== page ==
Charles Leland (1999)
Professor – Chemistry
M.S., Pennsylvania State University
Office: Building 2, Room 261
After growing up in Michigan and Wisconsin, I attended college at Truman State University (then called Northeast Missouri State) in Kirksville, Missouri. While a student, I participated in several undergraduate research projects and served as a lab assistant. I graduated in 1992, and the research I did with Dr. K.R. Fountain on the molecular modeling of a class of antitumor drugs was published three years later (J. theor. Biol. (1995) 173, 329-337).
Next, I attended the University of Georgia in Athens, Georgia as an Abraham Baldwin Fellow. I did two years of research at the Computational Center for Molecular Structure and Design (CCMSD) under the direction of Drs. Bowen and Allinger. My work involved the parameterization of MM3, a molecular mechanics software package. I was attempting to model portions of carbohydrate molecules as well as a class of drugs that was being studied for possible AIDS therapies. I was also a teaching assistant in the organic laboratories, and received departmental and university-wide teaching awards. But after two years of graduate school, I realized that I enjoyed the teaching but not the research. So I took a two year sabbatical, during which time I worked at a biochem company and a book store and managed a cafe and an Italian restaurant.
I managed the restaurant through the 1996 Olympic Games, then packed and moved to State College, Pensylvania to continue graduate study at Penn State. I worked in the labs of Dr. John Badding doing high-pressure solid-state studies using a diamond anvil cell (DAC) capable of achieving pressures equal to earth’s core. My work focused on the attempt to make intermetallic compounds from potassium and transition metals – something that does not occur at normal pressures. Three years of research gave me no earth shattering results, but I did write a master’s thesis entitled “High-pressure Studies of Potassium-Transition Metal Systems“. But once again I found that more than anything, I enjoyed the teaching. I taught general chemistry recitations and physical chemistry labs. I also had the opportunity to be a lecturer at the main campus and at Penn State Dubois, a two-year branch campus, during my last year of study.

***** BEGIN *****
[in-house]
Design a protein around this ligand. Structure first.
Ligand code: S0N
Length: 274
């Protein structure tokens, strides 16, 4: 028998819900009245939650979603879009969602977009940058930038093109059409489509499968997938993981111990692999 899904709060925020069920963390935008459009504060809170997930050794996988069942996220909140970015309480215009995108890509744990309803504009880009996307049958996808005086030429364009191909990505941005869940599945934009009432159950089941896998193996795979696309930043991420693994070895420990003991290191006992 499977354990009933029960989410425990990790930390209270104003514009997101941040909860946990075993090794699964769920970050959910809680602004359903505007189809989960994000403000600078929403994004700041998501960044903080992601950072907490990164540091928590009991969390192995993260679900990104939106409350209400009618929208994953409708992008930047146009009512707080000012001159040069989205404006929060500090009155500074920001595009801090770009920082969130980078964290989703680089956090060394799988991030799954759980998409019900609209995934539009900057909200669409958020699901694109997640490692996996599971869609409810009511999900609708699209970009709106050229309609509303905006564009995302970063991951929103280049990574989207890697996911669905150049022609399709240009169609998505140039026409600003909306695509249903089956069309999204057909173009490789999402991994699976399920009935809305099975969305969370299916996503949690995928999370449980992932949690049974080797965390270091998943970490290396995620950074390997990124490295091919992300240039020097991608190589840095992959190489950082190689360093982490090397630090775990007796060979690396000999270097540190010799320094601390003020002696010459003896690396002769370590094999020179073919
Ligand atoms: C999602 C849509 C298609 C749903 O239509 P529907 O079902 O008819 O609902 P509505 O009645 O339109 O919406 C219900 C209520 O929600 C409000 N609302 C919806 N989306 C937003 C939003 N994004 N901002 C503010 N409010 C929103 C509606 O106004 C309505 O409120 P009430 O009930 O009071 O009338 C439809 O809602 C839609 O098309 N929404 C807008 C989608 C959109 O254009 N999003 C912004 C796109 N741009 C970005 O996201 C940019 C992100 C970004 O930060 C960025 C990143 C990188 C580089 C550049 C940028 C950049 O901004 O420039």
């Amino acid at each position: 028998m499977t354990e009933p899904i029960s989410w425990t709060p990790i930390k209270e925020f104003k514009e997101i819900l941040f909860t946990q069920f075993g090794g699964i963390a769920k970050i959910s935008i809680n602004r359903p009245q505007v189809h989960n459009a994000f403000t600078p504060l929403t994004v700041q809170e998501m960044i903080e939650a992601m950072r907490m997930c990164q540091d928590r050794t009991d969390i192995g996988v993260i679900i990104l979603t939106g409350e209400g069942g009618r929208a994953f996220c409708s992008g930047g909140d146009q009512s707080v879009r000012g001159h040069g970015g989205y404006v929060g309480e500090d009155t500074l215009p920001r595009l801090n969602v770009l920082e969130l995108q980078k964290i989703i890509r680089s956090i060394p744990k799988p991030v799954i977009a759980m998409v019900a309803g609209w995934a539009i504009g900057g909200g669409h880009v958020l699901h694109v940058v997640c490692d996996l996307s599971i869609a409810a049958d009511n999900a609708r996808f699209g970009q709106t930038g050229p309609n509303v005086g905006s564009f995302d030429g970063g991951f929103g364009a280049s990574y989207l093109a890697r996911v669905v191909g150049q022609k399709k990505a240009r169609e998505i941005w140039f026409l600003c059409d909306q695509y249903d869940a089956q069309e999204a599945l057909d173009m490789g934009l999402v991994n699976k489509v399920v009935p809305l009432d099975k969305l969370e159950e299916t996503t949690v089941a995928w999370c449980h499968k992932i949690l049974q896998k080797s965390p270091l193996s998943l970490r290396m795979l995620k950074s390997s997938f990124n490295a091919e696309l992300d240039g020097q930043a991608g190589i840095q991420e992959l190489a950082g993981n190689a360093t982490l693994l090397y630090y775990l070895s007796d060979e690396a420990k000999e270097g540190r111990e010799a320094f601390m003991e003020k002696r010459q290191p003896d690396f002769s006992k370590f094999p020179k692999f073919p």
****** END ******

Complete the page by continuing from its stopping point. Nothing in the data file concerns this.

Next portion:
In 1999, I joined the faculty of Black Hawk College as Instructor of Chemistry. Since arriving, I have taught CHEM 101, 102, 110, 203, 204 and PS 101. I am interested in computational chemistry and natural product characterization, solid-state materials chemistry, and chemical education. When not working, my interests tend toward brewing beer, playing darts, pool, and shuffleboard, and golfing (poorly). I also watch or attend University of Michigan sporting events whenever possible.
Courses Currently Taught at Black Hawk College (View courses detail)
Chemistry 101 – General Chemistry I
Chemistry 102 – General Chemistry II
Chemistry 110 – Introductory Chemistry
Chemistry 203 – Organic Chemistry I
Chemistry 204 – Organic Chemistry II
Physical Science 101 – Introduction to Physical Science